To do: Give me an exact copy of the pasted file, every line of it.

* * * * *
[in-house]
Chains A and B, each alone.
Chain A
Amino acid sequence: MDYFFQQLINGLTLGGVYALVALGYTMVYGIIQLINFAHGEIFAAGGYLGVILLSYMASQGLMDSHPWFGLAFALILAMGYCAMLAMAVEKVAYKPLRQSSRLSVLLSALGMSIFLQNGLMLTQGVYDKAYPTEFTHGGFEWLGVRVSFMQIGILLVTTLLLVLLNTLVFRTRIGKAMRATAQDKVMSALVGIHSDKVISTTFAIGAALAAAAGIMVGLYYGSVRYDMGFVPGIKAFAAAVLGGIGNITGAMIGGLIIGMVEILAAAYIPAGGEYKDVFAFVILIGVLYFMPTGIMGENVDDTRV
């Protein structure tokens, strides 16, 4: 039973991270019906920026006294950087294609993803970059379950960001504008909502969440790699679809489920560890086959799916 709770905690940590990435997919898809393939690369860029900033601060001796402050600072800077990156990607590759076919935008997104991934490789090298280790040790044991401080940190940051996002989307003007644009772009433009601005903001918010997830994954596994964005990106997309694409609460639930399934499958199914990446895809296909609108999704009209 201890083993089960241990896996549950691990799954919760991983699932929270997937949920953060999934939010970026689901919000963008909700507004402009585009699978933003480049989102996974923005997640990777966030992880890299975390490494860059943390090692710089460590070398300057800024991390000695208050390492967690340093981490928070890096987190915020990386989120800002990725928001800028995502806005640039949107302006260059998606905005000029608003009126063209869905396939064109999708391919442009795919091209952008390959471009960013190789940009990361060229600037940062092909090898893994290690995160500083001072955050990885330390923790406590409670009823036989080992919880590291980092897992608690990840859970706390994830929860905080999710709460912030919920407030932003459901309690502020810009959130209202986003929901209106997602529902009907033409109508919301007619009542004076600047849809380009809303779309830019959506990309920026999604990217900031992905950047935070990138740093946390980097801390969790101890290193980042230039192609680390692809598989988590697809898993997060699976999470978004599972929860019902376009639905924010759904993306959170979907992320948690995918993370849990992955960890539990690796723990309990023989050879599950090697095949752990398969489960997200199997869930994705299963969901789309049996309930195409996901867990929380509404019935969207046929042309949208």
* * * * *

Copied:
[in-house]
Chains A and B, each alone.
Chain A
Amino acid sequence: MDYFFQQLINGLTLGGVYALVALGYTMVYGIIQLINFAHGEIFAAGGYLGVILLSYMASQGLMDSHPWFGLAFALILAMGYCAMLAMAVEKVAYKPLRQSSRLSVLLSALGMSIFLQNGLMLTQGVYDKAYPTEFTHGGFEWLGVRVSFMQIGILLVTTLLLVLLNTLVFRTRIGKAMRATAQDKVMSALVGIHSDKVISTTFAIGAALAAAAGIMVGLYYGSVRYDMGFVPGIKAFAAAVLGGIGNITGAMIGGLIIGMVEILAAAYIPAGGEYKDVFAFVILIGVLYFMPTGIMGENVDDTRV
């Protein structure tokens, strides 16, 4: 039973991270019906920026006294950087294609993803970059379950960001504008909502969440790699679809489920560890086959799916 709770905690940590990435997919898809393939690369860029900033601060001796402050600072800077990156990607590759076919935008997104991934490789090298280790040790044991401080940190940051996002989307003007644009772009433009601005903001918010997830994954596994964005990106997309694409609460639930399934499958199914990446895809296909609108999704009209 201890083993089960241990896996549950691990799954919760991983699932929270997937949920953060999934939010970026689901919000963008909700507004402009585009699978933003480049989102996974923005997640990777966030992880890299975390490494860059943390090692710089460590070398300057800024991390000695208050390492967690340093981490928070890096987190915020990386989120800002990725928001800028995502806005640039949107302006260059998606905005000029608003009126063209869905396939064109999708391919442009795919091209952008390959471009960013190789940009990361060229600037940062092909090898893994290690995160500083001072955050990885330390923790406590409670009823036989080992919880590291980092897992608690990840859970706390994830929860905080999710709460912030919920407030932003459901309690502020810009959130209202986003929901209106997602529902009907033409109508919301007619009542004076600047849809380009809303779309830019959506990309920026999604990217900031992905950047935070990138740093946390980097801390969790101890290193980042230039192609680390692809598989988590697809898993997060699976999470978004599972929860019902376009639905924010759904993306959170979907992320948690995918993370849990992955960890539990690796723990309990023989050879599950090697095949752990398969489960997200199997869930994705299963969901789309049996309930195409996901867990929380509404019935969207046929042309949208």